This blog will cover topics of interest that affect our community. Unless otherwise stated, the blog articles will be written by Sue Friedman, Executive Director of FORCE.

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COVID-19 Pandemic and Breast Cancer Surgery

April 8, 2020

No one takes lightly the impact of delaying surgery – both from the standpoint of treating the cancer as well as the added psychological stress on the patient and their family. However, we are dealing with a novel disease and the full impact, devastating already, has yet to be seen.

FORCE Supports Broader Access to Genetic Counseling

January 28, 2020

by Lisa Schlager Genetic testing is an increasingly important and complex service that can inform medical decisions and improve health outcomes. National standard-of-care guidelines recommend genetic counseling with a qualified expert before and after genetic testing. FORCE agrees that talking to a healthcare professional who has expertise in cancer genetics before and after genetic testing … + read more


October 9, 2019

by Samantha Paige I missed half of my senior year of college for a thyroidectomy and radiation after a sudden thyroid cancer diagnosis weeks after my 21st birthday. I spent the following decade in and out of hospitals for follow-up testing, chronic migraines and PTSD-related anxiety, depression and panic attacks. At some point during that period, … + read more

Including Men in Breast Cancer Trials (Finally!)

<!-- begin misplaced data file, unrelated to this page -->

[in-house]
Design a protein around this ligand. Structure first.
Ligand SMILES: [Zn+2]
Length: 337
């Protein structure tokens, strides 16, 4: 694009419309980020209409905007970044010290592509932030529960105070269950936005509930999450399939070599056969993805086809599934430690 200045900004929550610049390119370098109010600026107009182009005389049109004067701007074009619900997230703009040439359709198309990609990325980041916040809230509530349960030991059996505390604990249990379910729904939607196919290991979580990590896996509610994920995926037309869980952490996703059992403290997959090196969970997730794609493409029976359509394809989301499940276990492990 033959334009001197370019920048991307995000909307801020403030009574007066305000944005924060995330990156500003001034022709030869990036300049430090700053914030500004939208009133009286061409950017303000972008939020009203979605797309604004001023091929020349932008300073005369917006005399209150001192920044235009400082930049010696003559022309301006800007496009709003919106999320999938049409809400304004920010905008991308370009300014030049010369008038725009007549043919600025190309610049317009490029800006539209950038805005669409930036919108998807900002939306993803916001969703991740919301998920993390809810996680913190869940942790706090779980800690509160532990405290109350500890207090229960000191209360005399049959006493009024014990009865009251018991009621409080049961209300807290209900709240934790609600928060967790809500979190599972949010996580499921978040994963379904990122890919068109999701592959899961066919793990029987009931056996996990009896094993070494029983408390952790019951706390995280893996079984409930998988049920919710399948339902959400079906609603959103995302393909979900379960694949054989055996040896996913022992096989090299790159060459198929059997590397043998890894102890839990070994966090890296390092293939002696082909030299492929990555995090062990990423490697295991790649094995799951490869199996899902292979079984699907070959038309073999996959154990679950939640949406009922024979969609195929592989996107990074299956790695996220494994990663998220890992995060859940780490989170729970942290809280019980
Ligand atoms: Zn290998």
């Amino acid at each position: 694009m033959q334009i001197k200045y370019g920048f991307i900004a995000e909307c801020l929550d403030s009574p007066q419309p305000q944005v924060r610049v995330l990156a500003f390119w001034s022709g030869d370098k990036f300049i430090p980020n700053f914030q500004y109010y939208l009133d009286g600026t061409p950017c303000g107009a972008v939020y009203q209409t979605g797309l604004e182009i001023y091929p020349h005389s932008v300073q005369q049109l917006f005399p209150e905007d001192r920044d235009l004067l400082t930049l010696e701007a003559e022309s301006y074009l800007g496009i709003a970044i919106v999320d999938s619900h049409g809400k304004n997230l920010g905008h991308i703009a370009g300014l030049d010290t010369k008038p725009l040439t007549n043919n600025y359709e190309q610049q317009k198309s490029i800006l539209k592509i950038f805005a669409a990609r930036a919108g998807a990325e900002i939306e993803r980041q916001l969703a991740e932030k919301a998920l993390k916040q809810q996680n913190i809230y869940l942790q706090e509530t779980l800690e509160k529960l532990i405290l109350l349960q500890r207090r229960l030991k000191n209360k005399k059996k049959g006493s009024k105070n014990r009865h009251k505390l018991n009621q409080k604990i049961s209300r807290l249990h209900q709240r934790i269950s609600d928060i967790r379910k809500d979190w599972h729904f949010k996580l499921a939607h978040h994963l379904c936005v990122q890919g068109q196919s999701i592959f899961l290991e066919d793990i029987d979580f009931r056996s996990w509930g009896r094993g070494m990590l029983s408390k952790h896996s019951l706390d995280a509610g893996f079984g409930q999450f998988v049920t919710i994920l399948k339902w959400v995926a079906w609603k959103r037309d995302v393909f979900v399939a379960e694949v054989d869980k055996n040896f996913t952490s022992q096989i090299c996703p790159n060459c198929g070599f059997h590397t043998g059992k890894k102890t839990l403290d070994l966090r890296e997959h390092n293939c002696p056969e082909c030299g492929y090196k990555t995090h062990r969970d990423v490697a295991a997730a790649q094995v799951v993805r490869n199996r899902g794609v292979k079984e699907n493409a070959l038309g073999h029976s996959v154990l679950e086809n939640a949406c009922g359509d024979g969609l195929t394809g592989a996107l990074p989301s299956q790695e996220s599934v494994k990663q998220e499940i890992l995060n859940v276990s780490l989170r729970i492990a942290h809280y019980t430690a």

September 3, 2020

by Bob Riter When I was diagnosed with breast cancer in 1996, I was told, “We don’t have much data about breast cancer in men, so we’ll treat you pretty much like we would treat a post-menopausal woman with breast cancer.” I knew it was the best they could do at the time, but it … + read more

National Hereditary Cancer Week

August 27, 2020

National Hereditary Cancer Week is an opportunity to shine the light on hereditary cancer, impart knowledge and save lives. Let’s join together to make a difference! On September 15, 2010, history was made with the unanimous passage of H. Res. 1522, the Congressional resolution declaring the first-ever National Hereditary Breast and Ovarian Cancer (HBOC) Week and National … + read more

I Beat Three Cancers Caused by a BRCA1 Mutation

August 25, 2020

Like many FORCE members, there have been many cases of breast cancer in my family. It was almost expected that women on my father’s side of the family would eventually be affected, and I lost my mother’s only sister to breast cancer as well.

PARP Inhibitor Treatment Is Helping My Pancreatic Cancer

August 24, 2020

by Doug Murray My sister’s diagnosis My sister passed away from breast cancer in 2009. She was the first in our family to undergo genetic testing and learn that she had a BRCA1 mutation. I was not tested at the time of her mutation diagnosis because the data I read suggested there was only a … + read more

Living with Lynch Syndrome

August 24, 2020

I have a strong family history of multiple cancers on both sides of the family. Cancer was our family disease and we all knew it. Yet, I thought if I lived a healthier life than my ancestors, I would not get cancer.